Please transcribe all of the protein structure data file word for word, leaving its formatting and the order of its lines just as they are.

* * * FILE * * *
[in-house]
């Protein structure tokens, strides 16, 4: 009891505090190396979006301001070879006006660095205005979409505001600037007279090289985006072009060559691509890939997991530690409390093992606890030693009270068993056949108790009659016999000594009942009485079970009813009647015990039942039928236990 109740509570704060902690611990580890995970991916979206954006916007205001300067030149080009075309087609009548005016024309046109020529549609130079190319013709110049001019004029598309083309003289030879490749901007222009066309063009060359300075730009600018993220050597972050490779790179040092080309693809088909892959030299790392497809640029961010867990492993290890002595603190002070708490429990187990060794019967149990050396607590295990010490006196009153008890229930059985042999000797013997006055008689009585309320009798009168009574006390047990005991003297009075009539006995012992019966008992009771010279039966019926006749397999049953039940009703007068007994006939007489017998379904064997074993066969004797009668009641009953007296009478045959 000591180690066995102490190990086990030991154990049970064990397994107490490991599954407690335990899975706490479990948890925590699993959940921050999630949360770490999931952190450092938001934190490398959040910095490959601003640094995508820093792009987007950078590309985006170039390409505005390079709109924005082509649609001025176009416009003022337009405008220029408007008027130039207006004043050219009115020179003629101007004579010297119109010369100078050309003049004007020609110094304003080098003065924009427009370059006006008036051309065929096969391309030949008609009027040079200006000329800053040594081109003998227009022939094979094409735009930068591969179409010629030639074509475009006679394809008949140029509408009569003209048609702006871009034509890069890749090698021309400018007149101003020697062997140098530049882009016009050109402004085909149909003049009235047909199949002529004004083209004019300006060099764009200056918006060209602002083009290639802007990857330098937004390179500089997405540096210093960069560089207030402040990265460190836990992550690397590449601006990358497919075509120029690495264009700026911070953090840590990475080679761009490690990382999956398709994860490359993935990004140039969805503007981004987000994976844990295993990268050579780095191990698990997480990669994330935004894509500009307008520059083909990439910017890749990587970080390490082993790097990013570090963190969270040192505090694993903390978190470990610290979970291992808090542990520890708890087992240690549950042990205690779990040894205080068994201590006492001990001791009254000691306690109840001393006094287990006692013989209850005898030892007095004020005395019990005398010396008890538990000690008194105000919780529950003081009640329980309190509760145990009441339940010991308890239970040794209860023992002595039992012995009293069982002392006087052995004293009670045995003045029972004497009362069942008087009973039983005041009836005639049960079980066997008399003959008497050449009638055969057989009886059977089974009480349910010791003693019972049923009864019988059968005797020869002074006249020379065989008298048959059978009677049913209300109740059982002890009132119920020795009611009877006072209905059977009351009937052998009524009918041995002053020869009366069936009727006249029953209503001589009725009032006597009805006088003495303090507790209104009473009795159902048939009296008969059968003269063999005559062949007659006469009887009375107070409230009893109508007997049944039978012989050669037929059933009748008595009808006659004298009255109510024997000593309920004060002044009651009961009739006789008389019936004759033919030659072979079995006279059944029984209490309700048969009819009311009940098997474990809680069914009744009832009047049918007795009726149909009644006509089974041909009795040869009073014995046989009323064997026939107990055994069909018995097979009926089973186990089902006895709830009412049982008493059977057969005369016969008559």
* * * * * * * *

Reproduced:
[in-house]
């Protein structure tokens, strides 16, 4: 009891505090190396979006301001070879006006660095205005979409505001600037007279090289985006072009060559691509890939997991530690409390093992606890030693009270068993056949108790009659016999000594009942009485079970009813009647015990039942039928236990 109740509570704060902690611990580890995970991916979206954006916007205001300067030149080009075309087609009548005016024309046109020529549609130079190319013709110049001019004029598309083309003289030879490749901007222009066309063009060359300075730009600018993220050597972050490779790179040092080309693809088909892959030299790392497809640029961010867990492993290890002595603190002070708490429990187990060794019967149990050396607590295990010490006196009153008890229930059985042999000797013997006055008689009585309320009798009168009574006390047990005991003297009075009539006995012992019966008992009771010279039966019926006749397999049953039940009703007068007994006939007489017998379904064997074993066969004797009668009641009953007296009478045959 000591180690066995102490190990086990030991154990049970064990397994107490490991599954407690335990899975706490479990948890925590699993959940921050999630949360770490999931952190450092938001934190490398959040910095490959601003640094995508820093792009987007950078590309985006170039390409505005390079709109924005082509649609001025176009416009003022337009405008220029408007008027130039207006004043050219009115020179003629101007004579010297119109010369100078050309003049004007020609110094304003080098003065924009427009370059006006008036051309065929096969391309030949008609009027040079200006000329800053040594081109003998227009022939094979094409735009930068591969179409010629030639074509475009006679394809008949140029509408009569003209048609702006871009034509890069890749090698021309400018007149101003020697062997140098530049882009016009050109402004085909149909003049009235047909199949002529004004083209004019300006060099764009200056918006060209602002083009290639802007990857330098937004390179500089997405540096210093960069560089207030402040990265460190836990992550690397590449601006990358497919075509120029690495264009700026911070953090840590990475080679761009490690990382999956398709994860490359993935990004140039969805503007981004987000994976844990295993990268050579780095191990698990997480990669994330935004894509500009307008520059083909990439910017890749990587970080390490082993790097990013570090963190969270040192505090694993903390978190470990610290979970291992808090542990520890708890087992240690549950042990205690779990040894205080068994201590006492001990001791009254000691306690109840001393006094287990006692013989209850005898030892007095004020005395019990005398010396008890538990000690008194105000919780529950003081009640329980309190509760145990009441339940010991308890239970040794209860023992002595039992012995009293069982002392006087052995004293009670045995003045029972004497009362069942008087009973039983005041009836005639049960079980066997008399003959008497050449009638055969057989009886059977089974009480349910010791003693019972049923009864019988059968005797020869002074006249020379065989008298048959059978009677049913209300109740059982002890009132119920020795009611009877006072209905059977009351009937052998009524009918041995002053020869009366069936009727006249029953209503001589009725009032006597009805006088003495303090507790209104009473009795159902048939009296008969059968003269063999005559062949007659006469009887009375107070409230009893109508007997049944039978012989050669037929059933009748008595009808006659004298009255109510024997000593309920004060002044009651009961009739006789008389019936004759033919030659072979079995006279059944029984209490309700048969009819009311009940098997474990809680069914009744009832009047049918007795009726149909009644006509089974041909009795040869009073014995046989009323064997026939107990055994069909018995097979009926089973186990089902006895709830009412049982008493059977057969005369016969008559």